Gel spots representing the proteins of interest were excised from the stained gel for in-gel tryptic digestion before MALDI-TOF MS analysis. The gel plugs were washed with 25 mM NH4HCO3 in 50% acetonitrile (ACN) three times, and the gel plugs were dehydrated with 100% ACN for 15 min. The gel pieces were reduced and alkylated through incubation with 10 mM DDT (55 °C for 45 min) and 55 mM IAA (dark conditions at room temperature for 30 min), respectively. In-gel tryptic digestion was performed by adding 20 ng/mL trypsin to 25 mM NH4HCO3 and leaving it overnight at 37 °C. Digested peptides were eluted with 0.1% trifluoroacetic acid (TFA) in 50% ACN. To perform MALDI-TOF MS analysis, 1 μL of the eluted peptide sample was mixed with 0.5 μL of saturated HCCA matrix solution (2 mg/mL of α-cyano-4-hydroxycinnamic acid in 0.1% TFA with ACN (2:1)) on an anchor-chip and allowed to dry. The dried mixture was washed with 0.1% TFA and subsequently recrystallised with a 1-μL mixture of ethanol, acetone, and 0.1% TFA at a volume of ratio 6:3:1. Samples were analysed through MALDI-TOF/TOF MS (Autoflex III; Bruker, Billerica, MA, USA) in reflection mode over a mass range of 700–3000 Da after calibrating with a peptide calibration standard (Bruker, USA). PMFs were generated from the combined spectra of 500 shots at different positions on the anchor-chip. Individual peptide ions in the PMF spectra were fragmented with collision-induced. dissociation (CID) to generate the MS/MS spectrum. Each spectrum was searched against the Swiss-Prot and National Center for Biotechnology Information (NCBI) non-redundant databases using the MASCOT search engine.

4. Conclusions

The generation of high-quality two-dimensional gel electrophoresis (2-DE) profiles is important for gel-based proteomic analysis. The authors evaluated the use of TRIzol protein extraction to produce 2-DE from two dried seafood products and two traditional Chinese tonic foods. Although lower protein yields were observed in the TRIzol extraction of abalone and whelk samples, high-quality 2-DE gels were obtained for all four samples through the TRIzol method, and the quality was comparable to that of the 2-DE gels generated through TCA-acetone precipitation in terms of numbers of spots, background signal, and resolution. TRIzol-prepared gels showed clearer backgrounds, higher intensity, and more spots than did the gels prepared using TCA-acetone in specific areas. The feasibility of identifying differentially expressed proteins from the 2-DE comparison of abalone and whelk samples was also demonstrated. This study established that TRIzol-based protein extraction provides simple, fast, reliable, and feasible sample preparation using a 2-DE–MS workflow for the proteomic analysis of dried seafood products and traditional Chinese tonic foods.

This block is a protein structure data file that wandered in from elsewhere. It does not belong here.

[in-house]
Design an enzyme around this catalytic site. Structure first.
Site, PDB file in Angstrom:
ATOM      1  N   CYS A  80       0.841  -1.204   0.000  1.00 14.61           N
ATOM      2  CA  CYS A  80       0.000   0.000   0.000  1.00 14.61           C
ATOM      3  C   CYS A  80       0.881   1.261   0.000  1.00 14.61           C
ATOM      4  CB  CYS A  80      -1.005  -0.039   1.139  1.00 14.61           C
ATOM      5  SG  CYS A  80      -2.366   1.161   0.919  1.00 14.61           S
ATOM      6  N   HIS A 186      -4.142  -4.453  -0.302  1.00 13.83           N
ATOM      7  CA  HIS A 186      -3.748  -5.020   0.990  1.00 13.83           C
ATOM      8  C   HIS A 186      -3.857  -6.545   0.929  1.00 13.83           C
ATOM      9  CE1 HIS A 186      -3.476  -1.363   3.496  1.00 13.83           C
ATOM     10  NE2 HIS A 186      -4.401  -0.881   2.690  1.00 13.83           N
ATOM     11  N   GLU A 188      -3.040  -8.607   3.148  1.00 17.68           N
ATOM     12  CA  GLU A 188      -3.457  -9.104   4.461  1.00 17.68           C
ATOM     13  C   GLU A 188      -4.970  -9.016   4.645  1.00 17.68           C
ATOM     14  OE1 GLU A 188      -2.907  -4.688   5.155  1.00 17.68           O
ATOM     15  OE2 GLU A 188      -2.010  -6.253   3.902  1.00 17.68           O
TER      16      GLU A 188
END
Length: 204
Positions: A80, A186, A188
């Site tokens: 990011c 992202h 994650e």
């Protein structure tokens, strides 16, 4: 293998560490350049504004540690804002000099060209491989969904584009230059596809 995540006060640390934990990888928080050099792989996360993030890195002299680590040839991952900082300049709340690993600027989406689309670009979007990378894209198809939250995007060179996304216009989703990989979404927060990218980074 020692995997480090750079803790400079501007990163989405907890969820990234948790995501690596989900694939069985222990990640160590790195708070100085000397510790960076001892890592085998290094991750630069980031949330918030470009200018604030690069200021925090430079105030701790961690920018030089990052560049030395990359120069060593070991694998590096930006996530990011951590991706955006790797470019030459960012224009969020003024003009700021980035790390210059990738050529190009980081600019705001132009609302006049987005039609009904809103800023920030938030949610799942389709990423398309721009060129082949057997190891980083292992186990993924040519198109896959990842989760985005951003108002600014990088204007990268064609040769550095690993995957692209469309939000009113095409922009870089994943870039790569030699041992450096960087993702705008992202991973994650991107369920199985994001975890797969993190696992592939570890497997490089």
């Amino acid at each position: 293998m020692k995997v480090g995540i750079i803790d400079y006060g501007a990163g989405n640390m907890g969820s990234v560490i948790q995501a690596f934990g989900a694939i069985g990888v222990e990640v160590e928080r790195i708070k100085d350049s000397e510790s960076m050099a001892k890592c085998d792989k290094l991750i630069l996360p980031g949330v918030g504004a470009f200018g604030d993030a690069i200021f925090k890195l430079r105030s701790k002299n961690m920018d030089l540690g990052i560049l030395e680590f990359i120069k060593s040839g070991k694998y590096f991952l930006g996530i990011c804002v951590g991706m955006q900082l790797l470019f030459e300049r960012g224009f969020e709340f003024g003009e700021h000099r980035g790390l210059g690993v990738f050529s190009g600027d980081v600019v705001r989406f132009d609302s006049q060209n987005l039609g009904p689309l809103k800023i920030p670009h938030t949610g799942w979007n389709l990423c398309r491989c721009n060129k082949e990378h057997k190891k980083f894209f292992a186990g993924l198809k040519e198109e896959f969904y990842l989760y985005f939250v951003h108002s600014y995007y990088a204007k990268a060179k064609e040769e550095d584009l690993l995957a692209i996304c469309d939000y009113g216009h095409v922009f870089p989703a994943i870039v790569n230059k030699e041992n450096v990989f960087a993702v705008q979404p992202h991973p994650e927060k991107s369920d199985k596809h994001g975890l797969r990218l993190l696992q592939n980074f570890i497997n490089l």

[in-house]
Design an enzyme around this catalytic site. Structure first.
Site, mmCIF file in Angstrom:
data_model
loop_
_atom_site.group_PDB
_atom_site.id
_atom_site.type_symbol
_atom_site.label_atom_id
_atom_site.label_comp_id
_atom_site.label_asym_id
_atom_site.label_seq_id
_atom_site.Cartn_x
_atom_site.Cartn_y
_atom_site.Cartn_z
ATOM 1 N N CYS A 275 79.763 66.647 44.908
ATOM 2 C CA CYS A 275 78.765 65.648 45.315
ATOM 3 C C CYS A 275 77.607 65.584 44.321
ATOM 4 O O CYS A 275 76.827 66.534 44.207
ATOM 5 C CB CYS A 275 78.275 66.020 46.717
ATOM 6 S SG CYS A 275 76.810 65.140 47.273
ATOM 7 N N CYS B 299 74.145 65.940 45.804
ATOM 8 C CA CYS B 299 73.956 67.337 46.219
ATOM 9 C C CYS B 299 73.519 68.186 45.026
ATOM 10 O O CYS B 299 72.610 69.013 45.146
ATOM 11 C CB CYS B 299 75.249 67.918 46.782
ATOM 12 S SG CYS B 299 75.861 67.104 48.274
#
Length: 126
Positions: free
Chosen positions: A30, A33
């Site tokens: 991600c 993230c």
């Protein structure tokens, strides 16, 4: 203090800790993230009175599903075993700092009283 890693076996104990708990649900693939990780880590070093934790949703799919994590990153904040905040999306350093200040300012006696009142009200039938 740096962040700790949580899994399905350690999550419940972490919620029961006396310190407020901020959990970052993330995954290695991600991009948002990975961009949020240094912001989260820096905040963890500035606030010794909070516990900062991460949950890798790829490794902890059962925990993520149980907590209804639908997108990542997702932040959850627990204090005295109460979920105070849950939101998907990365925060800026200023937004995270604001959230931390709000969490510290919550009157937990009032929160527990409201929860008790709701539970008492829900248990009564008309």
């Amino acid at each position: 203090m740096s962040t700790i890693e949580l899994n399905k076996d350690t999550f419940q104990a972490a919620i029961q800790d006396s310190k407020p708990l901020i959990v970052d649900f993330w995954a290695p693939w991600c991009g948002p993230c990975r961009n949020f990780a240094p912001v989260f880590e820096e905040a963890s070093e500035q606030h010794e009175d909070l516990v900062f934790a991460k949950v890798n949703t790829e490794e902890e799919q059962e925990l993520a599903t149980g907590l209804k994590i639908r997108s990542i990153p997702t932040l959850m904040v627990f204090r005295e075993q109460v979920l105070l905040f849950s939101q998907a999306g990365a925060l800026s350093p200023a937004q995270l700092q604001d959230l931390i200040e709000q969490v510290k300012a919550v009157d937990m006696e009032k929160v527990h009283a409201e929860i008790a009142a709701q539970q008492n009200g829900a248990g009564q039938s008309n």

Author Contributions

Conceptualization, E.T.-P.S. and F.W.-F.L.; Methodology, E.T.-P.S. and F.W.-F.L.; Validation, K.-K.C., E.T.-P.S. and F.W.-F.L.; Formal Analysis, K.-K.C., C.S.-N.K. and F.W.-F.L.; Investigation, K.-K.C. and C.S.-N.K.; Resources, F.W.-F.L.; Writing-Original Draft Preparation, K.-K.C. and F.W.-F.L.; Writing-Review and Editing, F.W.-F.L. and E.T.-P.S.; Supervision, F.W.-F.L.; Project Administration, E.T.-P.S. and F.W.-F.L.; Funding Acquisition, E.T.-P.S. and F.W.-F.L.

Funding

This research was funded by the Research Grants Council of the Hong Kong Special Administrative Region, China (UGC/FDS16/P02/14).

Conflicts of Interest

The authors declare no conflict of interest.

Abbreviations

2-DETwo Dimensional Gel Electrophoresis
ACAcetonitrile
CHAPS3-[(3-cholamidopropyl)dimethylammonio]-1-propanesulfonate
DDTDithiothreitol
HCCAα-cyano-4-hydroxycinnamic Acid
IAAIodoacetamine
IEFIsoelectric Focusing
MALDI-TOFMatrix-Assisted Laser Desorption/Ionization Mass Spectrometry
PMFPeptide Mass Fingerprint
SDS-PAGESodium Dodecyl Sulfate Polyacrylamide Gel Electrophoresis
TCATrichloroacetic Acid
TFATrifluoroacetic Acid

References

  1. Zhang, S.; Lai, X.; Li, B.; Wu, C.; Wang, S.; Chen, X.; Huang, J.; Yang, G. Application of Differential Proteomic Analysis to Authenticate Ophiocordyceps sinensis. Curr. Microbiol. 2016, 72, 337–343. [Google Scholar] [CrossRef] [PubMed]
  2. Customs and Excise Department. Customs Seizes Fake Abalone Slices; Customs and Excise Department: Hong Kong, China, 2010.
  3. Anderson, N.; Anderson, G.N. Proteome and proteomics: New technologies, new concepts, and new words. Electrophoresis 1998, 19, 1853–1861. [Google Scholar] [CrossRef] [PubMed]
  4. Lima, T.B.; Pinto, M.F.S.; Ribeiro, S.M.; de Lima, L.A.; Viana, J.C.; Gomes Júnior, N.; de Souza Cândido, E.; Dias, S.C.; Franco, O.L. Bacterial resistance mechanism: What proteomics can elucidate. FASEB J. 2013, 27, 1291–1303. [Google Scholar] [CrossRef] [PubMed]
  5. Sheehan, D. Environmental proteomics and biomarker discovery. Comp. Biochem. Physiol. Part A Mol. Integr. Physiol. 2010, 157, S42. [Google Scholar] [CrossRef]